Zarin offers students advice during lecture

The first University Lecture Series (ULS) speaker got real with audience members while talking about her experiences on reality television.

Jill Zarin, an entrepreneur and TV personality from “The Real Housewives of New York City,” spoke to a crowd of about 100 people on Tuesday night in the Marshall Student Center’s (MSC) Oval Theater – about 400 less than what Kristie Gerber, director of student activities, anticipated Monday afternoon.

“Get on your texts and get all your roommates out here,” Zarin said. “I want to fill this place up.”

Her reality show followed New York housewives as they worked and dealt with the drama of friends and family.

Students based their questions off the show during the question-and-answer session at the lecture.

Zarin said she took part in casting nearly all of the other housewives on the show, originally titled “Manhattan Moms,” and helped to incite negotiations with producers and the other cast members.

When asked about her fight with former costar Bethenny Frankel, Zarin said the two would have arguments or conversations that were done for the show and would be resolved at a later time. Zarin believed the fight that ended their friendship was going to be resolved. However she confirmed the two are no longer speaking.

During her lecture, Zarin shared her experience as an intern with Jordan Marsh & Company, a Boston department store, and offered advice to students entering the workplace.

“My favorite part about going to college was my internship,” Zarin said. “Get as many internships as you can before you graduate. Never wear black on an interview because you don’t stand out. In fact, wear something that is something to talk about.”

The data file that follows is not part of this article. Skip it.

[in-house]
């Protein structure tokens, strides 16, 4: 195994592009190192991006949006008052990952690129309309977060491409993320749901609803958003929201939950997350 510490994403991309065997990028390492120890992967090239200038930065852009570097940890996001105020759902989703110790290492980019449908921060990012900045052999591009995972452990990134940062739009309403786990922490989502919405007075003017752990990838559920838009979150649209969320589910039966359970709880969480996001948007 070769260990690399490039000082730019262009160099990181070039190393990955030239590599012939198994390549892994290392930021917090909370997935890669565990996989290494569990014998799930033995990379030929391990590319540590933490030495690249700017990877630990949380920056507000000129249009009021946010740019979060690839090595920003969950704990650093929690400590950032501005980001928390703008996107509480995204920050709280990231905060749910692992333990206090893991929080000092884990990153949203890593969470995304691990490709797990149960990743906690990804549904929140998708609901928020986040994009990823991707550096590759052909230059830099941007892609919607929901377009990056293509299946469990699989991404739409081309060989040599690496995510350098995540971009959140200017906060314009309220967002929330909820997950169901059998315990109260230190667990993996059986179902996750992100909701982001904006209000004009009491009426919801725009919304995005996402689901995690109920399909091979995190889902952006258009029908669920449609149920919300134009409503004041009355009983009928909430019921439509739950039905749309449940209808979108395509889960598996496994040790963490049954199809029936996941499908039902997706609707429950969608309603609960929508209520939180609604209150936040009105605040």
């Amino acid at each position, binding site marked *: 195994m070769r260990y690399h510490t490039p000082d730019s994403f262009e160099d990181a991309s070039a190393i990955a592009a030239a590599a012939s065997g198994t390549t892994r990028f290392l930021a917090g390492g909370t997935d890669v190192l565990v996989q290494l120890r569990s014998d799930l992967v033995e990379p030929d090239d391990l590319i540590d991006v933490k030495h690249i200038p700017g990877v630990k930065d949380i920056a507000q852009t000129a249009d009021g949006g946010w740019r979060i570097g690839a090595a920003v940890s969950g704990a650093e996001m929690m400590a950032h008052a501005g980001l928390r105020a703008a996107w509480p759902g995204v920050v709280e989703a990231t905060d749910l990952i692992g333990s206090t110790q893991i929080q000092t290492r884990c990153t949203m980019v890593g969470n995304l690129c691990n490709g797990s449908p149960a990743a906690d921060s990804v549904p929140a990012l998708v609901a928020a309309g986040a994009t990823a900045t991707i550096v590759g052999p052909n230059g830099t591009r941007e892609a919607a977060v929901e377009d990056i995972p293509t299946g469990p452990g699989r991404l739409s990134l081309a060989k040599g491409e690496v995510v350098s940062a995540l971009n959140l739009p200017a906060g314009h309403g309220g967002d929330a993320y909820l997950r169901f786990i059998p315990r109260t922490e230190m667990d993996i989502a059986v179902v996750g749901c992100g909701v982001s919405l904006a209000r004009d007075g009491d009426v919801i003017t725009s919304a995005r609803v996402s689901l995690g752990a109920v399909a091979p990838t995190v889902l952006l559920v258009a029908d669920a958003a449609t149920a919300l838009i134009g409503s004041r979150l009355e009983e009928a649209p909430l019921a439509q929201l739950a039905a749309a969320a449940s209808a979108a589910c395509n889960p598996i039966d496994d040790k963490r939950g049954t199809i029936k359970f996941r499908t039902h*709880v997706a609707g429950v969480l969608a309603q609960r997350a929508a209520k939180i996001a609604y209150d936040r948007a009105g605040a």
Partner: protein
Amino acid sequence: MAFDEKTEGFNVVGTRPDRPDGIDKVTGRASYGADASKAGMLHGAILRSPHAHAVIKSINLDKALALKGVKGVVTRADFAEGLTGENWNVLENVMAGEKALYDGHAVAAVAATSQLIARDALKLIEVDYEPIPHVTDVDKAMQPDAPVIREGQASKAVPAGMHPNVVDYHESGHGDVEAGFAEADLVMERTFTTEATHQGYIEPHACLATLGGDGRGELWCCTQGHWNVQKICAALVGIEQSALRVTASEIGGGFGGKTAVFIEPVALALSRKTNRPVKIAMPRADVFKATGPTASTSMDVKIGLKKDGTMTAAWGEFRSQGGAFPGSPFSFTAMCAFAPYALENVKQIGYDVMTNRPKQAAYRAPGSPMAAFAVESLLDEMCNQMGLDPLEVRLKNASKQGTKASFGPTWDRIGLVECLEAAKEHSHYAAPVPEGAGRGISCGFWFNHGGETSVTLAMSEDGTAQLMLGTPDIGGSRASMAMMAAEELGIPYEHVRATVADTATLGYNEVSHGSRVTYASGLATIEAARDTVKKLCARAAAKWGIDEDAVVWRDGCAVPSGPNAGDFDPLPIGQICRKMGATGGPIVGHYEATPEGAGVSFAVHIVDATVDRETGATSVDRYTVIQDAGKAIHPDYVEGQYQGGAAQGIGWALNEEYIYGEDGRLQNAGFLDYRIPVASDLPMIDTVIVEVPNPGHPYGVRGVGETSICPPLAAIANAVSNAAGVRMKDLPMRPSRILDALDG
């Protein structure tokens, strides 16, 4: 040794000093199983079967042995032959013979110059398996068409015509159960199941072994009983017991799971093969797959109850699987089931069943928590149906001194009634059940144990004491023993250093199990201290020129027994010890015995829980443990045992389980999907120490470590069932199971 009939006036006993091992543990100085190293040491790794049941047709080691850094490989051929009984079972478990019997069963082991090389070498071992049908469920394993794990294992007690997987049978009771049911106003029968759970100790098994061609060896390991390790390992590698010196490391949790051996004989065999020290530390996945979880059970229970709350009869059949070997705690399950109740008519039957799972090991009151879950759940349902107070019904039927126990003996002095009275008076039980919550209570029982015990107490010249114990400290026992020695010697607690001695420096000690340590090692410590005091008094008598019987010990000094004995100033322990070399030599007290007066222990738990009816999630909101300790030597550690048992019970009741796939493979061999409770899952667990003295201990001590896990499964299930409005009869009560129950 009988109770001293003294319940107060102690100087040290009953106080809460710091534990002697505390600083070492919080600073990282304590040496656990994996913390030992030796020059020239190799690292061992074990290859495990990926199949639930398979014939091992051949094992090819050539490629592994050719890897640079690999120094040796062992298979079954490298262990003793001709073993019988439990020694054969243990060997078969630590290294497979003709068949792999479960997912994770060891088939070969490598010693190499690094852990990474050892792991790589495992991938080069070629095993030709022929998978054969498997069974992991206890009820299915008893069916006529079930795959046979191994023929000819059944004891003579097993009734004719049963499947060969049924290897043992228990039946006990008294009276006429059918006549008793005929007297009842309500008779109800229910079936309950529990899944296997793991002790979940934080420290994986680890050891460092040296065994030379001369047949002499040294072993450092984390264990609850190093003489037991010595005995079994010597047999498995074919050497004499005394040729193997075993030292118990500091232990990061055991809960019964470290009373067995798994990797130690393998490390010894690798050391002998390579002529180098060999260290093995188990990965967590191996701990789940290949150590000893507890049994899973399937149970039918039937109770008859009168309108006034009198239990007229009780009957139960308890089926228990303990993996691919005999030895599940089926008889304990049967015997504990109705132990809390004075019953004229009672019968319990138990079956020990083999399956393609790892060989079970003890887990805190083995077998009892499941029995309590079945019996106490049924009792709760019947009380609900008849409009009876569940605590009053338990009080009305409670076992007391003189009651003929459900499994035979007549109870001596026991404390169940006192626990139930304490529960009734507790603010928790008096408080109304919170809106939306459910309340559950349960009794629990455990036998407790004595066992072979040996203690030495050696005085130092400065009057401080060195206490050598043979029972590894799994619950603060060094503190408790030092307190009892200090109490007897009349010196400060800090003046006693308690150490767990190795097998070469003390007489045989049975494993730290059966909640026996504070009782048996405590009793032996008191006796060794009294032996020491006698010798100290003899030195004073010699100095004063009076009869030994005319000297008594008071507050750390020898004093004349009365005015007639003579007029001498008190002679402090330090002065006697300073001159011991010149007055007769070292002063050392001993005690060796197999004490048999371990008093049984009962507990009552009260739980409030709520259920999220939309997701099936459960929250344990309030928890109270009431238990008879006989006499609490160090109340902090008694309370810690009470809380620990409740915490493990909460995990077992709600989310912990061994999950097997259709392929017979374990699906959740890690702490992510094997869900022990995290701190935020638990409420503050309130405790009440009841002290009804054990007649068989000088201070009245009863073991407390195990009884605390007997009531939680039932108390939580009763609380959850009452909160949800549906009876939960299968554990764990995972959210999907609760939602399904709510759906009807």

Before the lecture, ULS hosted a small reception in the MSC Gallery for committee members and their guests. Zarin spoke to the group about their classes, housing and jobs.

Sheri Guvell, a junior majoring in athletic training, attended the reception and was excited to begin reading Zarin’s book, “Secrets of a Jewish Mother.”

“I was excited to meet Zarin,” she said. “When I found out she was coming, I started crying. I was so ecstatic.”

Because the event was paid for in advanced by student-paid Activity and Service fees, ULS swiped university ID cards to permit students into the lecture for free. ULS program director Nicole Kummer said satisfaction surveys that provide ULS with feedback about the lectures were unavailable for Zarin’s appearance. However, they would be available for students at future lectures.

Kummer thought that Zarin’s lecture was a great start to the program’s fall lineup.

“She was absolutely amazing. She was really easy to work with and really personable. She took a lot of time to speak with students,” she said.